They were the host team for Super Bowls XXII, XXXII, and XXXVII in San Diego, but failed to make the playoffs in any of these seasons. In fact, the Chargers had not made the post-season since 1995, the year after their Super Bowl XXIX appearance, until on December 19, 2004, a year removed from their disastrous 4-12 season of 2003, they finally earned a trip back to the post-season by capturing the AFC West Division Title, winning their eighth straight game while shutting out the Cleveland Browns 21-0. An estimated 1200+ fans waited as long as six hours to greet the team at Chargers Park, their year-round training facility starting in 2005. The Chargers went on to finish the regular season 12-4.
They entered the first round (the Wild Card portion) of the playoffs as a lower seed, but proceeded to be eliminated by opponent New York Jets, who won in overtime over the Chargers 20-17. Rookie placekicker Nate Kaeding missed a 40-yard field goal that would have advanced San Diego into the next round, thus opening the door for a Jets victory.
Despite an abrupt ending to their turnaround season, Head Coach Marty Schottenheimer was named NFL Coach Of The Year for the 2004-2005 season, and quarterback Drew Brees was named NFL Comeback Player of the Year.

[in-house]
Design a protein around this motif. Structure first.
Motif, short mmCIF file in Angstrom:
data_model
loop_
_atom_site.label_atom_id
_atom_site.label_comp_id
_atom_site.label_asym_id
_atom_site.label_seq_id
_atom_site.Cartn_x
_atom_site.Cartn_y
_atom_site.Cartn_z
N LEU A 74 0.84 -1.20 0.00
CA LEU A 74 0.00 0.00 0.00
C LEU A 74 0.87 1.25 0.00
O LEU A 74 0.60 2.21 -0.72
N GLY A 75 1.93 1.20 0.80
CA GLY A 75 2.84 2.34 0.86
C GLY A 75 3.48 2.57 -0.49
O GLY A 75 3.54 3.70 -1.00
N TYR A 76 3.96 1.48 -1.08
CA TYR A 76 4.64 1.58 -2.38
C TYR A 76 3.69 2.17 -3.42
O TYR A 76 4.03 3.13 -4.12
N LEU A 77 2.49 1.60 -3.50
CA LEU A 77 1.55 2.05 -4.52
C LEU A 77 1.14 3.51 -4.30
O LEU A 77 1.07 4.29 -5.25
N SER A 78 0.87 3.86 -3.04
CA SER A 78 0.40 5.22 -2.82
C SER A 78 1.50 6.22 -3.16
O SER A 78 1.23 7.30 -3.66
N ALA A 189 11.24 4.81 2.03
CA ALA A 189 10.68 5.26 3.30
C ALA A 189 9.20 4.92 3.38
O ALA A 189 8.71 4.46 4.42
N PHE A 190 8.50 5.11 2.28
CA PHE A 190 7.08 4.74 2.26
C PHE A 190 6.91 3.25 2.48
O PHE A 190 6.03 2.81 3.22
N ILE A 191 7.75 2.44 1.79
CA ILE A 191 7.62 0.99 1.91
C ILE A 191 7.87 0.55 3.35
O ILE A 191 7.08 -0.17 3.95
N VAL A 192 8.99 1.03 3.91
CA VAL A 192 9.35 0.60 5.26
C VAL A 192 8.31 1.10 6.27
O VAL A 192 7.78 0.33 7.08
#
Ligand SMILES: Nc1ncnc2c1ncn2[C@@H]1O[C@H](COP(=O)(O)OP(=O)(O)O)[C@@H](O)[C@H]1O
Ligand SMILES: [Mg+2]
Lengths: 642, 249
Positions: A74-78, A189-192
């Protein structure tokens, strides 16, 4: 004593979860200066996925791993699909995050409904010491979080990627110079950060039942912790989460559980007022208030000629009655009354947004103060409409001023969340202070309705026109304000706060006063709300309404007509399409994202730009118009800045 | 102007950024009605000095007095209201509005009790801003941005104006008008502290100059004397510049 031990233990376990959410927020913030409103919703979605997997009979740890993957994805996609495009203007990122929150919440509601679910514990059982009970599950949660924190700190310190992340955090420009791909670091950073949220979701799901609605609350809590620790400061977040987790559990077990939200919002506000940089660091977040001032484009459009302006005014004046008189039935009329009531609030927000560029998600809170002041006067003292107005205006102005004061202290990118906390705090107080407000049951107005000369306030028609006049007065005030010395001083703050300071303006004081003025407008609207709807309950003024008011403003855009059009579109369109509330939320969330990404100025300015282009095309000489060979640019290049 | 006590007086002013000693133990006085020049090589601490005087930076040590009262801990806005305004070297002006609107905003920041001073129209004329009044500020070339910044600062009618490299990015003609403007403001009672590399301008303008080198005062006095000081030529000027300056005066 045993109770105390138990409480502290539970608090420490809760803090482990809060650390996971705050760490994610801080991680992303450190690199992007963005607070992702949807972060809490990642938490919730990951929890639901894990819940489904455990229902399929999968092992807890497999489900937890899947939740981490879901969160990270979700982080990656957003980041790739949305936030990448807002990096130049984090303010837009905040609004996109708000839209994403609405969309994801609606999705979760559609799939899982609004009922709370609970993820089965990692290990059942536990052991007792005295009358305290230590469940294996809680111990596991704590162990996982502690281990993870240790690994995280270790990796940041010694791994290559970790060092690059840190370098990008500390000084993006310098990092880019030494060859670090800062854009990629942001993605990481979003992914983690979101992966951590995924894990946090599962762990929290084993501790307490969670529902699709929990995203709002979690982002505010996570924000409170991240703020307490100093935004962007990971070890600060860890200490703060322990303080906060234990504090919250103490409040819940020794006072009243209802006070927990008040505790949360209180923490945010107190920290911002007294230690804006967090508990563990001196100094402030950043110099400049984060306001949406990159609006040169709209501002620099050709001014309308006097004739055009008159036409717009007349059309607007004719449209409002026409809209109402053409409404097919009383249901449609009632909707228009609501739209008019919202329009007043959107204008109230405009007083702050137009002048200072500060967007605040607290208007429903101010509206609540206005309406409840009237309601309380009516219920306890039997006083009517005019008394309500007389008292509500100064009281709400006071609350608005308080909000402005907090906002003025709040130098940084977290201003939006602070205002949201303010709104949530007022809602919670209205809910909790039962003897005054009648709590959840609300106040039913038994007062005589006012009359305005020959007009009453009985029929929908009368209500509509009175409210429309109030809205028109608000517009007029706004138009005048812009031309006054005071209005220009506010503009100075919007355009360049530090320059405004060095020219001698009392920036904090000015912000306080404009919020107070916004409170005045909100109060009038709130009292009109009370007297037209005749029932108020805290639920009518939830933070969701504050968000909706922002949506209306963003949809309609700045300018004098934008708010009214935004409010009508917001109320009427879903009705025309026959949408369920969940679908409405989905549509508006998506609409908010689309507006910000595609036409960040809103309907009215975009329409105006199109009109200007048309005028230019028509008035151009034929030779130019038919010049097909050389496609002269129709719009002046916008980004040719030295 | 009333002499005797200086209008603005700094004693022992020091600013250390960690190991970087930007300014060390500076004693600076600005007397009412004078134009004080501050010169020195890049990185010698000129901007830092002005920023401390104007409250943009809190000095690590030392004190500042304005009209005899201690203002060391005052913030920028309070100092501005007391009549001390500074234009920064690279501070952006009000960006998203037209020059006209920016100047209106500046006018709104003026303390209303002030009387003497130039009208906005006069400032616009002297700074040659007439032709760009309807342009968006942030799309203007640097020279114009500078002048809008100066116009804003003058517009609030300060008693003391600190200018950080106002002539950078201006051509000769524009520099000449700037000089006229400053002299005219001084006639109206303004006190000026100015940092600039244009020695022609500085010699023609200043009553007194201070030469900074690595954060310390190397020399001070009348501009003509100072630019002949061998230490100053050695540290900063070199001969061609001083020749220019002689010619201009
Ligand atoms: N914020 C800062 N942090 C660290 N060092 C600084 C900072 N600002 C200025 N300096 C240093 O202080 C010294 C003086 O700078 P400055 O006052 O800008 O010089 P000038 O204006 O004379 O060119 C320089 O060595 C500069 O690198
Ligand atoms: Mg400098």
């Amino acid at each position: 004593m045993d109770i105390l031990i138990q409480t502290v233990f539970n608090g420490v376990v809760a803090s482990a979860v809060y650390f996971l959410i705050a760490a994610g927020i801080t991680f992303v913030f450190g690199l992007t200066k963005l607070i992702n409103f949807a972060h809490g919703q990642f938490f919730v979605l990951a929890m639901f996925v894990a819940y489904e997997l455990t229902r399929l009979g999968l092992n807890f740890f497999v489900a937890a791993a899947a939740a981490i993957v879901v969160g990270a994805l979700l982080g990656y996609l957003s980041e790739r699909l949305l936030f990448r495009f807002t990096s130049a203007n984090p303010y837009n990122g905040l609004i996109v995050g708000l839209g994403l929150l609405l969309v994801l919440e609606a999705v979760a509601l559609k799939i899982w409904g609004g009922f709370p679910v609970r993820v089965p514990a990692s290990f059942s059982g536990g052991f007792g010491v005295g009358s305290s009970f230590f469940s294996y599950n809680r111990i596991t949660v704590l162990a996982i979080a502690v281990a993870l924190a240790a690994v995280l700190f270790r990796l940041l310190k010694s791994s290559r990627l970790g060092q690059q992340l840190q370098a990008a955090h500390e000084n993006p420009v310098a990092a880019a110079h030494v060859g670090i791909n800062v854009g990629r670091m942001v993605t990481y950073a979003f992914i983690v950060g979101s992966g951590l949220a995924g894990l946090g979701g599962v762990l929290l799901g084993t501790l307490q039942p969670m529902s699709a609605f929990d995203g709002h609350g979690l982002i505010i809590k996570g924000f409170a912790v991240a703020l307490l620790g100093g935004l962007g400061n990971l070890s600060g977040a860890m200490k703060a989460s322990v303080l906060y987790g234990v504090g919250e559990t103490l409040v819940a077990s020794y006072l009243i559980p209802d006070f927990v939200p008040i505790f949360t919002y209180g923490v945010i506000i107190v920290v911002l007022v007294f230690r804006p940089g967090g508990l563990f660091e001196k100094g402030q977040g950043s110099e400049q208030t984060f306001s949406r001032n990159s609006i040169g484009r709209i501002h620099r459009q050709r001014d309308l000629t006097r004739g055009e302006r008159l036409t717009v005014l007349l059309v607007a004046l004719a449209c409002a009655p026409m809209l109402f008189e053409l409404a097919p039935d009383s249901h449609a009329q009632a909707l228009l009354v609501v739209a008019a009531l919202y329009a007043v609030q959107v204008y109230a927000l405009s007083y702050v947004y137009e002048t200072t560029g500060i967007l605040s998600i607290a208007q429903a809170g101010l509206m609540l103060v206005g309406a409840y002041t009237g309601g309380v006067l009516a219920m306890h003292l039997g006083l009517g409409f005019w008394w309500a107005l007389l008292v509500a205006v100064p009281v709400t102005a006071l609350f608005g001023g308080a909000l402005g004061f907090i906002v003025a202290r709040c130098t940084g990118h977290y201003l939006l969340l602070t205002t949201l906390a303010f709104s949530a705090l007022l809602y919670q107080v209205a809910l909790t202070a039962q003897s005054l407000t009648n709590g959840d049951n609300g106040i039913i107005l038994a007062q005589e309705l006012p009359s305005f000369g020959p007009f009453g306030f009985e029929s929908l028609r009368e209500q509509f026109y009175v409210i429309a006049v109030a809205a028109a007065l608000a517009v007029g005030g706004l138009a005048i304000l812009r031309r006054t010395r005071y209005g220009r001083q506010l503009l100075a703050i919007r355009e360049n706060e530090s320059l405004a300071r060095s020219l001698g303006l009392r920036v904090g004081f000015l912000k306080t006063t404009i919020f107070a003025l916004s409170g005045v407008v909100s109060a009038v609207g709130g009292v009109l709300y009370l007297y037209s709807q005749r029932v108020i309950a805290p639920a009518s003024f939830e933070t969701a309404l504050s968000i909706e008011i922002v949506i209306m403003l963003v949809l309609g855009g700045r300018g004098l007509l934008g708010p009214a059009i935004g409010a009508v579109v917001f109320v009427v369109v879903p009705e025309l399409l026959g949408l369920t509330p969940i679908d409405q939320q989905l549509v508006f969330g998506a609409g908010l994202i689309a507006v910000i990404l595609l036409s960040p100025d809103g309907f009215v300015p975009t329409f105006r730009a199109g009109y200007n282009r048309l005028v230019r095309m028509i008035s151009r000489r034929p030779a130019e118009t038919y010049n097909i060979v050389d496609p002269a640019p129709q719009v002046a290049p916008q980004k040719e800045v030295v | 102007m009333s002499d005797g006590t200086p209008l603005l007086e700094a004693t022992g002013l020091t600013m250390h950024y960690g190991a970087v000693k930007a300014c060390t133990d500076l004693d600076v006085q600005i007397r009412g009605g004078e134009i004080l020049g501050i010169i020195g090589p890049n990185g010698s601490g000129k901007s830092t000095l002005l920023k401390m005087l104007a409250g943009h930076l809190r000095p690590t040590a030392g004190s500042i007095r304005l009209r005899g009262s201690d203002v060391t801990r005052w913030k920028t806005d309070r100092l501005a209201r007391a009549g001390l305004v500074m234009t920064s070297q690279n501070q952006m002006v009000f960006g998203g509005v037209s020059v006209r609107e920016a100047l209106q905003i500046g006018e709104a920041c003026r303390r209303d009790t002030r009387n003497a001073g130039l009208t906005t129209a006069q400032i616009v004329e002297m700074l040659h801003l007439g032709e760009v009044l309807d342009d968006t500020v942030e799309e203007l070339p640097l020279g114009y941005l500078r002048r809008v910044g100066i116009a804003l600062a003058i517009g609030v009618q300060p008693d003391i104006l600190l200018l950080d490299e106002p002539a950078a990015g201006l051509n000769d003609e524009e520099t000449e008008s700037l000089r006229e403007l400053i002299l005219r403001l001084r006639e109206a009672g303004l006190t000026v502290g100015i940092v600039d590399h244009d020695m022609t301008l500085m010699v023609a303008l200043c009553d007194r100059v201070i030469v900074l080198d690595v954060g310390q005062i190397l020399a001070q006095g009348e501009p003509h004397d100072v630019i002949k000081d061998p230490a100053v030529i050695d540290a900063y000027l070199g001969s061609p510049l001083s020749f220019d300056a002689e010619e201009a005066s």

During the 2005 NFL Draft, the Chargers tried to get some key rookies that would help carry the momentum from their mostly successful 2004-05 run. They used their first pick on LB Shawne "Lights Out" Merriman from the University of Maryland. Then, they used their next pick on DT Luis Castillo from Northwestern University. Their other choices were WR Vincent Jackson from Northern Colorado, RB Darren Sproles from Kansas State, OT Wesley Britt from the University of Alabama, OT Wes Sims from the University of Oklahoma, and Center Scott Mruczkowski from Bowling Green State.
The Chargers got off to a rough start on their 2005 campaign, losing a close one to the Dallas Cowboys in their Week 1 home-opener (28-24) and then, they lost on the road to their AFC West rival, the Denver Broncos (20-17). It wasn't until a Week 3 home game on Sunday Night that they got their first win of the season, when Eli Manning and the New York Giants got "shocked to the system" as LaDanian Tomlinson had one of the greatest games of his career. He got 220 total yards, 3 rushing touchdowns, and he threw for a touchdown as he helped the Chargers win 45-23. A week later, they were able to build off of their win by not only winning against the two-time defending champion New England Patriots 41-17, but they also ended the Pats' 21-game winning streak at home. In their Week 5 Monday Night home game against the Pittsburgh Steelers, the Chargers wore their throw-back uniforms for the first time of the season. During the game, both sides fought hard and fierce. However, in the end, the Steelers held on to win with a 40-yard field goal by Jeff Reed (24-22). The Chargers would rebound on the road against their division rival Oakland Raiders (27-14). In their Week 7 road trip to Philadelphia, they hoped to build off their win against the Eagles. Late in the game, with the Chargers leading 17-13, the Chargers tried to go for a field goal to put their lead well out of reach, but it got blocked and Eagles DB Matt Ware returned it 65 yards for the game-winning touchdown and the Chargers fourth loss of the season.